My compliments to Professor Williams - a great book!
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am 29. Dezember 1999
I found this an extremely helpful book, but definitely not for the beginning writer. Williams meticulously guides you through the vagaries of the English language, and shows you how to solve various problems with your writing (although solving one problem often creates another). Williams is very good at pinpointing what exactly doesn't work about certain writing. He is also very good at demonstrating how writing is ultimately too vast, elusive, and personal a subject to ever be easily codified. This last element of the book, while correct, is not for the novice writer, who is apt to give up, feeling it's all relative in the end. But for those of us who have to write a lot and don't always find it easy, this book is invaluable.
am 9. Mai 1998
Joseph Williams' book, "Style: Toward Clarity and Grace" is the best book on writing I have ever read, by far. Williams himself describes the emphasis of the book on page one: "Telling me to 'Be clear' is like telling me to 'Hit the ball squarely.' I know that. What I don't know is how to do it." But Williams does know how to write well, and his explanations are precise and concrete.
This book takes a sort of linguistic, almost scientific approach to improving your writing style. I first learned of Williams' work in "The Language Instinct," by the Stephen Pinker, the acclaimed professor of linguistics from MIT.
Unlike every other writing book, this one is more than a laundry list of grammatical shoulds and shouldn'ts. This book is about HOW-- how to write to suit the human brain's innate method of processing information.
I am a professional writer, and I have a whole book case filled with grammar books. But this book is worth more than all the others combined. If you're a writer, this is the book you've been looking for.
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am 10. September 1999
This is a wonderful and to my mind sophisticated book, well written, short and forceful, easy to read but rich and challenging to fully absorb - something to keep handy and refer to occasionally. In fact, it is a pleasure to read such good writing. I write and consult for a living, and writing with impact is important. "Clarity and grace" are the right words - if the title were designed by a Silicon Valley PR firm the words would have been "Force and Impact." Same difference, except that clarity and grace are also good for writing to your grandmother, not just for winning battles bla bla bla... Buy the book.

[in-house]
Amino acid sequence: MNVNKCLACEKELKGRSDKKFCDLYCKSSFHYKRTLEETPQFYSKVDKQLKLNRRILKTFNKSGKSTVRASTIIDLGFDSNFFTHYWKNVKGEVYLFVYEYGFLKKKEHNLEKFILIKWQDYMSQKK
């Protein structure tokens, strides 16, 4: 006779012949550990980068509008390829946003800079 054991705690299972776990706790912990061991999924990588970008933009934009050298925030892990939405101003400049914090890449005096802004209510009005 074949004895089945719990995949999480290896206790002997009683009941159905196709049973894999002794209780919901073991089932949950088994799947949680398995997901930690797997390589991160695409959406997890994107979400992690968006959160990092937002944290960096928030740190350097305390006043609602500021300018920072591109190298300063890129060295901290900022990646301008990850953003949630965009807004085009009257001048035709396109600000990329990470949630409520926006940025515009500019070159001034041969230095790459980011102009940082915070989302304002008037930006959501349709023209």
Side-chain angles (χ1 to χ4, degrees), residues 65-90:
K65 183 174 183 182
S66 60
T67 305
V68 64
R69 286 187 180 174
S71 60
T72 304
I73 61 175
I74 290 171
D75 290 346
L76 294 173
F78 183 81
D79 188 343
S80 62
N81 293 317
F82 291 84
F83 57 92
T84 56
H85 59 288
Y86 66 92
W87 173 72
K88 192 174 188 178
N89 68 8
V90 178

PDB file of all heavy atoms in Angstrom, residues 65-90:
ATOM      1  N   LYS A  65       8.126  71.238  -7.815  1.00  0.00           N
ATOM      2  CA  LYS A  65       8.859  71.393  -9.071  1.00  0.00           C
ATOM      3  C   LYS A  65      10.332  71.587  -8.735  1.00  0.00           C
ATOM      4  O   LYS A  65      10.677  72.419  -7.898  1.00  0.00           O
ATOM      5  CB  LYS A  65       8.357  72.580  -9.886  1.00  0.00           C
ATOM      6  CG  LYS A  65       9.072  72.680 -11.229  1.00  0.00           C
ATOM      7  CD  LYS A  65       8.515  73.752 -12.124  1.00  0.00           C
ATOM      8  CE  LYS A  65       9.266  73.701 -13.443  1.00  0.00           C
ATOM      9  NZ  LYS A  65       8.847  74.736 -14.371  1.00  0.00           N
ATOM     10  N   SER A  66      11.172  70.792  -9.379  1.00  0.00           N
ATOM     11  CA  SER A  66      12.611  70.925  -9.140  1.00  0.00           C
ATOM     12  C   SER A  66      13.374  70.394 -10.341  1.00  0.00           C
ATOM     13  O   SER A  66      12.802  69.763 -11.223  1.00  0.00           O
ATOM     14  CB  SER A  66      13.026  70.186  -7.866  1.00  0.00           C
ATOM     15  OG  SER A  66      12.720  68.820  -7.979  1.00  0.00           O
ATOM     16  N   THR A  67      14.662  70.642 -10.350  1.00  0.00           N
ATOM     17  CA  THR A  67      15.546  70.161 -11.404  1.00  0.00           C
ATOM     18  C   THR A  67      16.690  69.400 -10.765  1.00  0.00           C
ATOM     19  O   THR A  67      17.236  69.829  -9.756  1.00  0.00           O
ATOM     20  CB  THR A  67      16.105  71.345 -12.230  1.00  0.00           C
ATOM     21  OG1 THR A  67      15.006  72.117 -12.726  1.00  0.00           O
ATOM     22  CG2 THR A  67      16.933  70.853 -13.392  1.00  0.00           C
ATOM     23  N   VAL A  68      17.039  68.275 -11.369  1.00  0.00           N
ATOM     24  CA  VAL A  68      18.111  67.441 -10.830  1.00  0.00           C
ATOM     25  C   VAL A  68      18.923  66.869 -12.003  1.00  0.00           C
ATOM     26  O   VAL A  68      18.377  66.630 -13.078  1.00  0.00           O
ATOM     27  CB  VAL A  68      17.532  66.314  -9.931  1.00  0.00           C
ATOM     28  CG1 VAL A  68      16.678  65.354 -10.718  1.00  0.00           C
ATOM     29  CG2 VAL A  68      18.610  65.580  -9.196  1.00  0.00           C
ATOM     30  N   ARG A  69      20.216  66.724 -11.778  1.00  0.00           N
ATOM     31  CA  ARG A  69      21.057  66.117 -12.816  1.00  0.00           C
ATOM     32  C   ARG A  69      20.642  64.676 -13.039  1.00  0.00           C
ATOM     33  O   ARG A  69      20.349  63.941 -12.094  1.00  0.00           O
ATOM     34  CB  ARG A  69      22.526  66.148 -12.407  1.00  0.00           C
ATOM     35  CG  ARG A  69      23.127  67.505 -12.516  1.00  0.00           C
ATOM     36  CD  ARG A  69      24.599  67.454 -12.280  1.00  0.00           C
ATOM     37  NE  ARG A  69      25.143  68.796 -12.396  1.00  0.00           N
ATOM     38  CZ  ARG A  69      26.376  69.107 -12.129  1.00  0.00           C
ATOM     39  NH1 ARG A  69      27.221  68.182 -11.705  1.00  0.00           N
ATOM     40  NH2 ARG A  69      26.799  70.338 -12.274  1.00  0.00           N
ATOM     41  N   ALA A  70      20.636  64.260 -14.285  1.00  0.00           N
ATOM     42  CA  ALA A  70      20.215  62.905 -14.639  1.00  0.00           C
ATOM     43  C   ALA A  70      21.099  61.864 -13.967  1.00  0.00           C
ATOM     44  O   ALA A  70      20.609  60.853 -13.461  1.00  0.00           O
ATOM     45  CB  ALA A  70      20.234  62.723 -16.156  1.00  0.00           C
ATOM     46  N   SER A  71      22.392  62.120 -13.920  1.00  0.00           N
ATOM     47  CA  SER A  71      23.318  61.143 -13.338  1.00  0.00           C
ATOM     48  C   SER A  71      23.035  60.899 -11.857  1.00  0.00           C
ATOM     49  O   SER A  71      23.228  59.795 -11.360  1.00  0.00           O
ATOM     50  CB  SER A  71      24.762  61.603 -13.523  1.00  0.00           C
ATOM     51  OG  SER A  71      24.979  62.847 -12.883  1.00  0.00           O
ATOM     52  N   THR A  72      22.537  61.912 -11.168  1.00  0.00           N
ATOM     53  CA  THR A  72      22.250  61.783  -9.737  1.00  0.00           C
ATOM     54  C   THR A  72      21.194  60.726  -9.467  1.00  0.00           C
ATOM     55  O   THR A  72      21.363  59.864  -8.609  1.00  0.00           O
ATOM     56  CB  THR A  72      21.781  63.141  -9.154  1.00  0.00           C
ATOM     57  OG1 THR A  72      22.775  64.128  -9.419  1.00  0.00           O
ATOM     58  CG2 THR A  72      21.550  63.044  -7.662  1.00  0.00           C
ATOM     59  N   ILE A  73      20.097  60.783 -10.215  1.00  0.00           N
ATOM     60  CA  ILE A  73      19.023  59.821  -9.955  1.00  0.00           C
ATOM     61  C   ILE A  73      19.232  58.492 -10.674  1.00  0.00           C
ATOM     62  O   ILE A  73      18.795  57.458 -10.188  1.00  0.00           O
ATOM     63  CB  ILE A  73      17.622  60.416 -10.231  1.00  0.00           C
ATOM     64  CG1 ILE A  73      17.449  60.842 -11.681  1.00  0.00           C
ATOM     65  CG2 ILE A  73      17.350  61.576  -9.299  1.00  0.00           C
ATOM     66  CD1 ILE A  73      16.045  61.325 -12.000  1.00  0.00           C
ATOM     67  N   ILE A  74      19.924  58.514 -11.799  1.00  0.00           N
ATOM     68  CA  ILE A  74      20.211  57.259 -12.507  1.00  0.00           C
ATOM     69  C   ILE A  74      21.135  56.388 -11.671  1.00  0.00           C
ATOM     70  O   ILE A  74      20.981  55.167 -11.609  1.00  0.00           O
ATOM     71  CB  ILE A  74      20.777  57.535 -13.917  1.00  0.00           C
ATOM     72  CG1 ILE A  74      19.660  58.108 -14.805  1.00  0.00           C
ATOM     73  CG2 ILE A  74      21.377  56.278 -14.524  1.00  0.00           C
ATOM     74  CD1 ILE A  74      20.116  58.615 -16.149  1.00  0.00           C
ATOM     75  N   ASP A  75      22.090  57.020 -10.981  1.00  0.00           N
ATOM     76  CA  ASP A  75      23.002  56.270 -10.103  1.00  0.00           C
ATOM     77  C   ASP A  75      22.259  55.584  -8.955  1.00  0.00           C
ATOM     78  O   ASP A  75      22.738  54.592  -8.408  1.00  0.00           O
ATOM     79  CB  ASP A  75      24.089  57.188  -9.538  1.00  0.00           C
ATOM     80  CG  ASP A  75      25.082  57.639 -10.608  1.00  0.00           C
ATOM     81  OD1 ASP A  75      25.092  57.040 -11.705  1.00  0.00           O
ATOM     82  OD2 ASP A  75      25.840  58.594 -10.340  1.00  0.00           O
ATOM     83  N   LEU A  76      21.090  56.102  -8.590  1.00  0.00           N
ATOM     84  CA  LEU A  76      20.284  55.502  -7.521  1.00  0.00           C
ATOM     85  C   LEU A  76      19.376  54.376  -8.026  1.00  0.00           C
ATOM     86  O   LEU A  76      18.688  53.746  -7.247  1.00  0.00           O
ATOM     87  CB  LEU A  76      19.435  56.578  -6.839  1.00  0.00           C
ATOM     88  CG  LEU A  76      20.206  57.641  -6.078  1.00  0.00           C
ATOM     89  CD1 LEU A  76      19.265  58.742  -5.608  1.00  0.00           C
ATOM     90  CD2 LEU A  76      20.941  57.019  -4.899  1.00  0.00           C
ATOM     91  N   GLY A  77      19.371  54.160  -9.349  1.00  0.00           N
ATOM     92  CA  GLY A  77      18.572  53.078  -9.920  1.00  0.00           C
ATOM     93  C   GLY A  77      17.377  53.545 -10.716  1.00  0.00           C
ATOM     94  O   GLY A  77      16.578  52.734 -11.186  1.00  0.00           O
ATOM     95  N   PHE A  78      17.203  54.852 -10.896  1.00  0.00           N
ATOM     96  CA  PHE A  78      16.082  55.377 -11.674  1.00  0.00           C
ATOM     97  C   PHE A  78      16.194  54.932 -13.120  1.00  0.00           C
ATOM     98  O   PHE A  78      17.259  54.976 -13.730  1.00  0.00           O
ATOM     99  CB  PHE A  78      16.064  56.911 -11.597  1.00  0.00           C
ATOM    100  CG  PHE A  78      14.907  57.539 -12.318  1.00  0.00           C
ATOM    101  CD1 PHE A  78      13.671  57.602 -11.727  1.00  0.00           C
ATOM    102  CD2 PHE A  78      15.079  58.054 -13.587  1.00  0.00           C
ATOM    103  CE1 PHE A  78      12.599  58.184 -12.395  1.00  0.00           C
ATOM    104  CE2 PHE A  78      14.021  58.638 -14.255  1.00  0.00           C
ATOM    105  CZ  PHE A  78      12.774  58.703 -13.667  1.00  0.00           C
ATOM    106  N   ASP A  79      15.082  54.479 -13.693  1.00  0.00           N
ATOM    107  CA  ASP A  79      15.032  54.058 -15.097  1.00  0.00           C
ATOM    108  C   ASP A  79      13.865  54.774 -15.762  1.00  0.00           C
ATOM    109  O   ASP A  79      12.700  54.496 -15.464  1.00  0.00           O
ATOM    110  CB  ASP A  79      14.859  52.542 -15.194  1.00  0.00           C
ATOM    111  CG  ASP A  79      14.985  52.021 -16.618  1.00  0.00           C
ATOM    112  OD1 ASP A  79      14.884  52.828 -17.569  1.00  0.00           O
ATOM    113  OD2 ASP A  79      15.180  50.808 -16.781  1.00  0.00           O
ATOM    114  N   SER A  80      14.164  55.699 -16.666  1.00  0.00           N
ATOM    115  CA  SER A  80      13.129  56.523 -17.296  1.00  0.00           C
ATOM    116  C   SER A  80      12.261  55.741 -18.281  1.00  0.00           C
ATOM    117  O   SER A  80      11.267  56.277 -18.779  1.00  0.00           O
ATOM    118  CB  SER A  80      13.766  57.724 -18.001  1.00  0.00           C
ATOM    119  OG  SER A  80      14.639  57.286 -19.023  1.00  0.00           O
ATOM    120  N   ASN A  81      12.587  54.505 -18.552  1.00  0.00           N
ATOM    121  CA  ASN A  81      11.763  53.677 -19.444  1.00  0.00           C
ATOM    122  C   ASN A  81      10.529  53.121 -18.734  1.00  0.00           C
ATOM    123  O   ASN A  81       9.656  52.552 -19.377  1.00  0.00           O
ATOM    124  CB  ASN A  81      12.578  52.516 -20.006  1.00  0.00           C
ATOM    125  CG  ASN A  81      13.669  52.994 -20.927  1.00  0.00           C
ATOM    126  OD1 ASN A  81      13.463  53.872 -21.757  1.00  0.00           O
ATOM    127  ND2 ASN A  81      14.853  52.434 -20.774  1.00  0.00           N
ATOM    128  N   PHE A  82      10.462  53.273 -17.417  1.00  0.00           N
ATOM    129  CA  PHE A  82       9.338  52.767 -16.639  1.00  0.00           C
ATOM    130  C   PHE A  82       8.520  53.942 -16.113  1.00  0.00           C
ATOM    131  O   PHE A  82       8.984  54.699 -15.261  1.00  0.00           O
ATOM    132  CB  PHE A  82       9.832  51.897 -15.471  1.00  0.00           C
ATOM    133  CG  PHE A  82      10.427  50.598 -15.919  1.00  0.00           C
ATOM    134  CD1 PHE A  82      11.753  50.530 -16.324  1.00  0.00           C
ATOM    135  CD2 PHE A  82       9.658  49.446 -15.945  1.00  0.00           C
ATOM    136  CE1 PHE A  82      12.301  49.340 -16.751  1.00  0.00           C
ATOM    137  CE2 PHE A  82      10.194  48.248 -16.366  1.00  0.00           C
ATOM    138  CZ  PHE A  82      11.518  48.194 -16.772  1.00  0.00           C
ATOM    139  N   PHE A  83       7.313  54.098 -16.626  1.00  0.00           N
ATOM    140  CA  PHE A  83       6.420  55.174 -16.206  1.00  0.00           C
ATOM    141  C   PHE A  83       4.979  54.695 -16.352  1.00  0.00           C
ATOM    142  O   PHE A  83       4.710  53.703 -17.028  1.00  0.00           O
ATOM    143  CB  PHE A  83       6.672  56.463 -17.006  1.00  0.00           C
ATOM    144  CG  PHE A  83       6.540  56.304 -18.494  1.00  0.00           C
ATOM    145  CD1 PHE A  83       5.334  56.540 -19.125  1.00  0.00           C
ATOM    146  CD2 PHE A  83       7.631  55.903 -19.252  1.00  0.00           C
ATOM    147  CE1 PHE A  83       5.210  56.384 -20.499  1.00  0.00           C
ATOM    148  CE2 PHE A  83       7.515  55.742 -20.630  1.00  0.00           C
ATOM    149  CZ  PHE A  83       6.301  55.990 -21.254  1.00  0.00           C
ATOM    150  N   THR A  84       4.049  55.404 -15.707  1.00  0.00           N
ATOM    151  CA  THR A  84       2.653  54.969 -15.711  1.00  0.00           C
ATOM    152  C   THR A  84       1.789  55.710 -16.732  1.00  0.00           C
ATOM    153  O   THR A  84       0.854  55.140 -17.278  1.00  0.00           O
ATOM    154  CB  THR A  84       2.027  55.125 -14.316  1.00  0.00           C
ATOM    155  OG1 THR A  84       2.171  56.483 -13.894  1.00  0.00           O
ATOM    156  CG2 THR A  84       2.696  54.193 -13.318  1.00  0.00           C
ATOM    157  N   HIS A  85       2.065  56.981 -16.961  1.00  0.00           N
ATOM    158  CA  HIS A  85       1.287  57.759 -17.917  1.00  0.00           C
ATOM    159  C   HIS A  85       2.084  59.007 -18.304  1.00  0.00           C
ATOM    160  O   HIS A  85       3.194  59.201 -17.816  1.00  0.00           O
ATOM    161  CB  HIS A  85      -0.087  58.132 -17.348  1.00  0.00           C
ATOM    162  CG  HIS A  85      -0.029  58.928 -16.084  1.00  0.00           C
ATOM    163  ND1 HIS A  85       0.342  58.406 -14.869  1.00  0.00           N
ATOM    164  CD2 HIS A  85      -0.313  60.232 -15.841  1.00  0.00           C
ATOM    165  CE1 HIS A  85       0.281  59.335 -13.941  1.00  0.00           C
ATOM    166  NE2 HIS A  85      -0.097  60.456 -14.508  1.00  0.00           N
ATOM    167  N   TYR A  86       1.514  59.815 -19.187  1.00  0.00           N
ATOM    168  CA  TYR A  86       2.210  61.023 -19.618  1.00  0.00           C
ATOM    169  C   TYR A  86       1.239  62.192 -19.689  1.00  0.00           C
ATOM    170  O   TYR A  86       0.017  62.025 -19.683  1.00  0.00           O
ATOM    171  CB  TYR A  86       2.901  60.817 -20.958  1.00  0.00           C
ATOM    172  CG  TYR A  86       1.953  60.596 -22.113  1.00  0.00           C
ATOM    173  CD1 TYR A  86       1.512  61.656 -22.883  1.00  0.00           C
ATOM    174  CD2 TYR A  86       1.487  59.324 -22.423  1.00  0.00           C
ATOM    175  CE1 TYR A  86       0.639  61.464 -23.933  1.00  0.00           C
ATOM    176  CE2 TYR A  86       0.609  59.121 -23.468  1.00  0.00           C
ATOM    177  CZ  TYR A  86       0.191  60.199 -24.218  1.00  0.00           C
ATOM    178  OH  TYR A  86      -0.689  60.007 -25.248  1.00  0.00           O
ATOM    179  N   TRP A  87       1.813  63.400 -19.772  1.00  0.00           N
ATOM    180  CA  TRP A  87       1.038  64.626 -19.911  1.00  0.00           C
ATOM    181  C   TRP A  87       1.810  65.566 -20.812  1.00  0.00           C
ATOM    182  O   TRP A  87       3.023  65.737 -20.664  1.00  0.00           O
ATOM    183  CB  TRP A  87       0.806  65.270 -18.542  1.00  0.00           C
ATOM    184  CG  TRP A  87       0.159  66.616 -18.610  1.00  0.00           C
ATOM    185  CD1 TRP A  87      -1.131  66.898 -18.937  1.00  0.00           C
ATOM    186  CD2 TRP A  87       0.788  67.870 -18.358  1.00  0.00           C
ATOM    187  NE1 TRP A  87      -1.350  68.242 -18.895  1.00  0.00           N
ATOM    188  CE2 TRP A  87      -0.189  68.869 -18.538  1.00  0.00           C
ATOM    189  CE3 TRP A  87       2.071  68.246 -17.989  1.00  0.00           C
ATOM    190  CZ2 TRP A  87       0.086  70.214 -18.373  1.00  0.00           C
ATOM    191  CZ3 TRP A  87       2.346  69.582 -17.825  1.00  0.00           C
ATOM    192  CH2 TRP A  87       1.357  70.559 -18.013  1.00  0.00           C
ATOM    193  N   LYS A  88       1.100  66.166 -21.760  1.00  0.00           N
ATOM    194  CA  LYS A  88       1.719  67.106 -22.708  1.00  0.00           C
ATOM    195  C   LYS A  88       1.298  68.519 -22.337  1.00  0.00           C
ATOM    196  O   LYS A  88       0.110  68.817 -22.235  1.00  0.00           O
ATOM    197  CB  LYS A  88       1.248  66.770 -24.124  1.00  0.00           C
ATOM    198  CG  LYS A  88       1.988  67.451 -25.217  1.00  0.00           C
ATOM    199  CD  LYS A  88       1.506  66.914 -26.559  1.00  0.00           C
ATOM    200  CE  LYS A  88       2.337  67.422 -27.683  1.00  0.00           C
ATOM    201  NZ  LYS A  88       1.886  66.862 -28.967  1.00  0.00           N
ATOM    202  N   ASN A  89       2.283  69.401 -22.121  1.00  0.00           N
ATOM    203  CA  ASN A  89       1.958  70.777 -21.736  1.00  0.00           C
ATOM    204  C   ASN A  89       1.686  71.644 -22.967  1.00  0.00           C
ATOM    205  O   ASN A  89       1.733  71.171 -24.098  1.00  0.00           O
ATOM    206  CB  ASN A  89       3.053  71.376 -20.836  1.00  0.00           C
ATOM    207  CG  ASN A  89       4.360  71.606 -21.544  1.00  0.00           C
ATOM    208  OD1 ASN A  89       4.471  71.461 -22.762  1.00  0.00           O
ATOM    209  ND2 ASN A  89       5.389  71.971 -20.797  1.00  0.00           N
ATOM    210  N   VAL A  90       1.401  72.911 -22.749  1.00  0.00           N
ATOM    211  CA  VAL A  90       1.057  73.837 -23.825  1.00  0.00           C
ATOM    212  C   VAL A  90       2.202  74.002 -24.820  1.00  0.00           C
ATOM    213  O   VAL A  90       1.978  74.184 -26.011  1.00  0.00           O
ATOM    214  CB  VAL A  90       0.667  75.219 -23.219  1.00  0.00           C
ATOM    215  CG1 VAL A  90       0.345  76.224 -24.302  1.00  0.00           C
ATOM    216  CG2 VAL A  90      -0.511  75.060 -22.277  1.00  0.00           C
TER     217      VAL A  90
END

am 26. November 1998
For people who are serious about improving their writing skills, this is an excellent how-to book. Prof. Williams does not dispense facile advice ("use the active voice") or mindless rules of usage and grammar ("don't split infinitives"). Instead, he teaches you, step by step, how to construct sentences and paragraphs that are clear, concise, coherent, even elegant. He explains in great detail the principles and techniques involved in achieving clarity, grace, and other attributes of good writing. And he illustrates these principles and techniques with many specific, telling examples. "Style" is not a quick read, but it is definitely worth the effort.
am 19. August 1998
The best book on improving your writing that I've ever read. Its strength is that it offers clear, explicit advice on how to improve your writing. I've found it even more helpful than Strunk & White's _The Elements of Style_, although it too is a fine work. If you've already read _Style_, other good books on writing include _The Elements of Style_, mentioned above, and _Line by Line_ by Claire Kehrwald Cook.
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am 2. Mai 1999
By itself, this book is helpful. But its not nearly as helpful as Williams other book "Style - Ten Lessons Towards Clarity & Grace," which is also available through Amazon.com. This version of Style simply presents Williams' theories about writing, but it does not provide the reader with the "workbook" drills that are contained in "Ten Lessons." A reader will only understand the value of Williams' techniques after he's had a chance to apply them. I recommend this book without reservation, but believe that most readers will benefit more from the "Ten Lessons" version.